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When it comes to credit card interest rates, there are two general types of cards — variable rate and fixed rate. Most cards today fall into the first category, but there are still a few fixed rate cards around. We’ll break down what the difference is and where you can find a fixed rate card.
In this article:
- What are fixed rate credit cards?
- Can the APR on a fixed rate card increase?
- Where to find a fixed rate card
- Why you may be better off with a variable rate card
- How to avoid interest charges altogether
- The bottom line
What are fixed rate credit cards?
Most credit cards today are variable rate cards, which means their APR (annual percentage rate) is tied to an index such as the prime rate. Should the index increase or decrease, so too will the APR on these cards. Prior to the Credit CARD Act of 2009, fixed rate cards were more prevalent, but banks shifted to variable rate cards as their ability to change terms became more limited due to provisions in the Act.
A fixed rate credit card is not tied to the prime rate or any other index. For this reason, you can generally expect a less volatile APR on a fixed rate card than on a variable rate card.
“Having the ability to lock in a set interest rate typically gives people better predictability, a higher level of security [from knowing what to expect],” said Lynnette Khalfani-Cox, a personal finance expert and author known as “The Money Coach.”
That doesn’t mean your APR is guaranteed to stay the same forever, though.
Can the APR on a fixed rate card increase?
In a word, yes.
“To some extent, there’s kind of no such thing as a totally fixed credit card interest rate,” Khalfani-Cox said. That’s because issuers retain the right to change card terms, as long as cardholders are given sufficient notice.
By law, card issuers must give cardholders 45 days’ notice before changing interest rates. In contrast, when the Federal Reserve raises or lowers interest rates (the Fed doesn’t control the prime rate, but the prime rate does fluctuate based on the Fed’s actions), variable rate card APRs will rise or fall accordingly, without the required notice to cardholders.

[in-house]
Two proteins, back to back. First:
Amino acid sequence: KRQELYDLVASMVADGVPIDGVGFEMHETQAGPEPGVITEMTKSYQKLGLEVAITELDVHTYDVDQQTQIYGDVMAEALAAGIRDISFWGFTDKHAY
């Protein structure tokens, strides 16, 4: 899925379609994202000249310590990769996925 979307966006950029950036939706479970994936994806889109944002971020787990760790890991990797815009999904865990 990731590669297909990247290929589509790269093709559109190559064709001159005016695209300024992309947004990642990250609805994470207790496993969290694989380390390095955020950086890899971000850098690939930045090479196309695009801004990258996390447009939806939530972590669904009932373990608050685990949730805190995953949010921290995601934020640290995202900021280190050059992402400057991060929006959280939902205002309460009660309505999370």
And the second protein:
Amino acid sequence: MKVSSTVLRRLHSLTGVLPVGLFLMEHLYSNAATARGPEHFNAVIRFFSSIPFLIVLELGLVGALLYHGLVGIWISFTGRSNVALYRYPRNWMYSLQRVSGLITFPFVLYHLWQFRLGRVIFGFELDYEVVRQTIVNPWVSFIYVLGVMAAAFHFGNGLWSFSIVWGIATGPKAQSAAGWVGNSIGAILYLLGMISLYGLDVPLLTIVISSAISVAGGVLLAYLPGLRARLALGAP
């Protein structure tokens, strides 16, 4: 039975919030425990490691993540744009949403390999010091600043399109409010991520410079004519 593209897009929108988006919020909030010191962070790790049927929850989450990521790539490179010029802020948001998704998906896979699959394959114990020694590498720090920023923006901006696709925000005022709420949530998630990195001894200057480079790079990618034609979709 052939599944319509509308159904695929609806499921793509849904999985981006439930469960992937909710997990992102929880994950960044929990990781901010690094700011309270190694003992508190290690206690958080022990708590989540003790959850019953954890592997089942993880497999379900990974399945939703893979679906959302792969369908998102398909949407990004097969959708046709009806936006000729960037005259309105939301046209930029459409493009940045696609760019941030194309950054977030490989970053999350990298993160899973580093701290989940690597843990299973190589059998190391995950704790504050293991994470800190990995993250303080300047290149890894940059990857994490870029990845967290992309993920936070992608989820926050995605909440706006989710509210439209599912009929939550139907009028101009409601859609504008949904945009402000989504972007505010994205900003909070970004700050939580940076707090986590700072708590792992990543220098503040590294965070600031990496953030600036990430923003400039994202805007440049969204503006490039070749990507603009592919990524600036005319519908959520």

Where to find a fixed rate card
Your best chance of finding a fixed rate card these days is with a credit union.
“Fixed rate cards absolutely are rare — partly because of changes brought by the CARD Act of 2009,” said Matt Schulz, chief industry analyst at CompareCards.com.
Here are a few fixed rate cards you might be able to apply for:
- The UNIFY Fixed-Rate Visa® Platinum ( APR). There’s also a variable APR version, the UNIFY Variable-Rate Visa® Platinum ( APR).
- The UNIFY Fixed-Rate Visa® Gold ( APR). There’s also a variable APR version, the UNIFY Variable-Rate Visa® Gold ( APR).
- The UNIFY Fixed-Rate Visa® Classic ( APR). There’s also a variable APR version, the UNIFY Variable-Rate Visa® Classic ( APR).
- The Cencap Visa Credit Card ( APR).
- The Qside MasterCard Classic Credit Card ( APR).
- The Qside MasterCard Platinum Credit Card ( APR).
- The Qside MasterCard Platinum Rewards Credit Card ( APR).
- The Excent™ Card ( APR).
Note that credit unions often have membership eligibility requirements, which may restrict your ability to apply for a card. For example, there are four ways to become a member of Qside Federal Credit Union, which is based in New York City:
- If you live, work, worship or study in the Queens area.